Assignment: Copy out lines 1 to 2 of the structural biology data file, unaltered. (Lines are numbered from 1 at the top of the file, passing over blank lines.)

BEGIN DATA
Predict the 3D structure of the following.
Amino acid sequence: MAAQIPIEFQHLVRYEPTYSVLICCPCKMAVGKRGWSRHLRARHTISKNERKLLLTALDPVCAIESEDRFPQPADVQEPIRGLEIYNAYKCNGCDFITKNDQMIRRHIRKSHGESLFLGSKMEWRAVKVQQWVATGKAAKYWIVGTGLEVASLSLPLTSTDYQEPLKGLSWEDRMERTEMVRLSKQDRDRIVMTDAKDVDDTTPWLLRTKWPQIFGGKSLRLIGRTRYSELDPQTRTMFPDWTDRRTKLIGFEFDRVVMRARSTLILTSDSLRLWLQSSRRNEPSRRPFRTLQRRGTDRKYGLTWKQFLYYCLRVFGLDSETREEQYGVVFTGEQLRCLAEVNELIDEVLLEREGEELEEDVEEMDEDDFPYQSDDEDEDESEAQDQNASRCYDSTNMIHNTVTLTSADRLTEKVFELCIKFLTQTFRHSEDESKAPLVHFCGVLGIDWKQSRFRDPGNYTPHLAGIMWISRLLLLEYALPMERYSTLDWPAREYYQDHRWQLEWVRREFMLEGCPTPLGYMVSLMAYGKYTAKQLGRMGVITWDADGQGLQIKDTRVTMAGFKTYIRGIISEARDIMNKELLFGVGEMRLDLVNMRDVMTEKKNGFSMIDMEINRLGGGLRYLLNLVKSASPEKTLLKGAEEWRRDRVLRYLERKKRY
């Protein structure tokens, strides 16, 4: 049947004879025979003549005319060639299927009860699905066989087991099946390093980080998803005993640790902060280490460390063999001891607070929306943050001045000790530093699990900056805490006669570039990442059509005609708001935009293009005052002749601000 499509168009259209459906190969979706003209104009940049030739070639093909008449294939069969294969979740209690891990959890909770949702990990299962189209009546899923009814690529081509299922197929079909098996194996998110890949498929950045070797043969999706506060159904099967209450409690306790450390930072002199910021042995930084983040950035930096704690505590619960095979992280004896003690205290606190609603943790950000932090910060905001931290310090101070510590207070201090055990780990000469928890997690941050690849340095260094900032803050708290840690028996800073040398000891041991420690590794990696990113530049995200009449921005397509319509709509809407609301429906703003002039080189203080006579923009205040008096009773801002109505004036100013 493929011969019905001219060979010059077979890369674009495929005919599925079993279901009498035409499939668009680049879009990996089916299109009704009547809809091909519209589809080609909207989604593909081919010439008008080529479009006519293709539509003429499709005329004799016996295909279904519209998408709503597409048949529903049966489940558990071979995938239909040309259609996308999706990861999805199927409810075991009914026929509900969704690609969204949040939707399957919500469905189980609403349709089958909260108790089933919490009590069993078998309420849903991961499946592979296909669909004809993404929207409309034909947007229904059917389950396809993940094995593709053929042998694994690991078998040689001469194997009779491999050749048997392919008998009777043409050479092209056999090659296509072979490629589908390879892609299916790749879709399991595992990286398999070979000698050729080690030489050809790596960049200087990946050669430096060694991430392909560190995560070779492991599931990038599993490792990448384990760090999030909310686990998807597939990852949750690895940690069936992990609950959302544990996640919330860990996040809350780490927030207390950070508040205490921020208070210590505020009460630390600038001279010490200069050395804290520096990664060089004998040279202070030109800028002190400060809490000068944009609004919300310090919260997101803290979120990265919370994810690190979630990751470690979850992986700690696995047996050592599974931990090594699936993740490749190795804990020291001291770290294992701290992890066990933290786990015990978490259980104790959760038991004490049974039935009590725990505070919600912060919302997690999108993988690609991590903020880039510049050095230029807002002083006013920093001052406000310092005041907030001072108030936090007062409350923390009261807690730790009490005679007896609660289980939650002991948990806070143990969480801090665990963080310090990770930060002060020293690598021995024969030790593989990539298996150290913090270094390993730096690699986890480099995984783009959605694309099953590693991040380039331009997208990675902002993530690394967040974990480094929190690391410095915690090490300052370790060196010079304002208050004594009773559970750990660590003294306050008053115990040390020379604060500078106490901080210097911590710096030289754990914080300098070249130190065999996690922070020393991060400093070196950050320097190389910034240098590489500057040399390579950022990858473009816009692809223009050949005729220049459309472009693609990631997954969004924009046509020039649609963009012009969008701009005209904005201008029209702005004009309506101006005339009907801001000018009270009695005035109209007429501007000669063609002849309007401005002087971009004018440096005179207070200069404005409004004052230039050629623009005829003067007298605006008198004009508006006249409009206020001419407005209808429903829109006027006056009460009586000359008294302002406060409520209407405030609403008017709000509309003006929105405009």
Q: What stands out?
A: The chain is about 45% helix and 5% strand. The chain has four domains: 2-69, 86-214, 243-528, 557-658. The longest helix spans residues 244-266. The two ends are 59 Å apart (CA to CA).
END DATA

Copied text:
Predict the 3D structure of the following.
Amino acid sequence: MAAQIPIEFQHLVRYEPTYSVLICCPCKMAVGKRGWSRHLRARHTISKNERKLLLTALDPVCAIESEDRFPQPADVQEPIRGLEIYNAYKCNGCDFITKNDQMIRRHIRKSHGESLFLGSKMEWRAVKVQQWVATGKAAKYWIVGTGLEVASLSLPLTSTDYQEPLKGLSWEDRMERTEMVRLSKQDRDRIVMTDAKDVDDTTPWLLRTKWPQIFGGKSLRLIGRTRYSELDPQTRTMFPDWTDRRTKLIGFEFDRVVMRARSTLILTSDSLRLWLQSSRRNEPSRRPFRTLQRRGTDRKYGLTWKQFLYYCLRVFGLDSETREEQYGVVFTGEQLRCLAEVNELIDEVLLEREGEELEEDVEEMDEDDFPYQSDDEDEDESEAQDQNASRCYDSTNMIHNTVTLTSADRLTEKVFELCIKFLTQTFRHSEDESKAPLVHFCGVLGIDWKQSRFRDPGNYTPHLAGIMWISRLLLLEYALPMERYSTLDWPAREYYQDHRWQLEWVRREFMLEGCPTPLGYMVSLMAYGKYTAKQLGRMGVITWDADGQGLQIKDTRVTMAGFKTYIRGIISEARDIMNKELLFGVGEMRLDLVNMRDVMTEKKNGFSMIDMEINRLGGGLRYLLNLVKSASPEKTLLKGAEEWRRDRVLRYLERKKRY